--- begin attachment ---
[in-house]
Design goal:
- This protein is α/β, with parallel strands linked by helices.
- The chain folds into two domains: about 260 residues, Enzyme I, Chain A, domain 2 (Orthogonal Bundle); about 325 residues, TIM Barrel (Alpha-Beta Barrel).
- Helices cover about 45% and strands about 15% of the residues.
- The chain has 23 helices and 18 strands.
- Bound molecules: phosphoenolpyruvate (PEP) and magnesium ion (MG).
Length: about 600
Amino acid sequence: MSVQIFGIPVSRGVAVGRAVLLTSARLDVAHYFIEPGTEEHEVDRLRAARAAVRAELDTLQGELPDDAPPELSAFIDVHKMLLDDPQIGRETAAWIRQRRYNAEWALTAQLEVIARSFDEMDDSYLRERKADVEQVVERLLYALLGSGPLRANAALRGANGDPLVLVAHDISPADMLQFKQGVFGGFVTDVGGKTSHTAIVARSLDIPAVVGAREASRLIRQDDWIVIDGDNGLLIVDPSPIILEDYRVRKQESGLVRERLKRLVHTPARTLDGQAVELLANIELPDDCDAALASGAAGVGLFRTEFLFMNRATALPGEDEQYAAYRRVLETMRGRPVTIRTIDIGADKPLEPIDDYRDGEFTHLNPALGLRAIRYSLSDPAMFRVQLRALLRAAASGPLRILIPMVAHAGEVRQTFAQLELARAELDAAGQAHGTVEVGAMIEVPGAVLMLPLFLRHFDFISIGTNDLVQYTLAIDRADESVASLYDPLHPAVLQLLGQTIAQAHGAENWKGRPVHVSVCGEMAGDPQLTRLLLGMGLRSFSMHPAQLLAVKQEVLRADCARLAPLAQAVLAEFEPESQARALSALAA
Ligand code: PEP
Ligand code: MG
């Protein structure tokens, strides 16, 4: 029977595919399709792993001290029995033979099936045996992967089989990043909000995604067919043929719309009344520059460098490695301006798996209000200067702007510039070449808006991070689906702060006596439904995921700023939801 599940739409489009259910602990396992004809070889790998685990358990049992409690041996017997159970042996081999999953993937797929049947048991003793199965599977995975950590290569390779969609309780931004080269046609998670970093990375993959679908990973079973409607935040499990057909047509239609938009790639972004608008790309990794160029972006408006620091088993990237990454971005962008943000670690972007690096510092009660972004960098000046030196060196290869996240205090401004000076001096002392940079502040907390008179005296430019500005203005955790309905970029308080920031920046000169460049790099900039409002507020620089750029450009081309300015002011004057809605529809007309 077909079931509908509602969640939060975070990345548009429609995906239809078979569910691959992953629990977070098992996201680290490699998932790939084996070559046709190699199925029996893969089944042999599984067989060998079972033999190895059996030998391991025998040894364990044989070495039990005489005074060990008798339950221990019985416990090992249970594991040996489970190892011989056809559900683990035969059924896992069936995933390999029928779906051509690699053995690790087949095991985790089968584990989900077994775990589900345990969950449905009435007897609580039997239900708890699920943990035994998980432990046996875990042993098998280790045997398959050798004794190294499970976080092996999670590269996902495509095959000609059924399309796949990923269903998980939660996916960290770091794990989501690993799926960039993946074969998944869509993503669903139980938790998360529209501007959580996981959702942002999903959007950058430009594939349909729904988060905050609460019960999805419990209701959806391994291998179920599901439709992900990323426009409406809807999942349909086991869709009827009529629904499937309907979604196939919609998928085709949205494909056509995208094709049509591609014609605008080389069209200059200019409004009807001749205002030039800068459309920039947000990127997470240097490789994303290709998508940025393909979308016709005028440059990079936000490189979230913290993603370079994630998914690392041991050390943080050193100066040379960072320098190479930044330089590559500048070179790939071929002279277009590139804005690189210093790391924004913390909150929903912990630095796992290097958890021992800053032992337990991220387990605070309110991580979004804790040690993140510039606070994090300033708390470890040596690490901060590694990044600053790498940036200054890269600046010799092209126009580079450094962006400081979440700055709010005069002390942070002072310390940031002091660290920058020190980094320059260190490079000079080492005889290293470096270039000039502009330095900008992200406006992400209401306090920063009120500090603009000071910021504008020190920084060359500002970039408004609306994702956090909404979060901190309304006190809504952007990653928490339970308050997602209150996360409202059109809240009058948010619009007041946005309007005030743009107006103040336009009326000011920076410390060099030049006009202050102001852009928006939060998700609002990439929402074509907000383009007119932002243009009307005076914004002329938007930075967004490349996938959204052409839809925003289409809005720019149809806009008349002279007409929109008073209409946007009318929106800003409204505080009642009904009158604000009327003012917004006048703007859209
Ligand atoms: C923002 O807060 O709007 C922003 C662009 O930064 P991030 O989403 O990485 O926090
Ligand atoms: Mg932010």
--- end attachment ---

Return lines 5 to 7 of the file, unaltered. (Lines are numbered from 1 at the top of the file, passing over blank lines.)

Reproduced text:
- Helices cover about 45% and strands about 15% of the residues.
- The chain has 23 helices and 18 strands.
- Bound molecules: phosphoenolpyruvate (PEP) and magnesium ion (MG).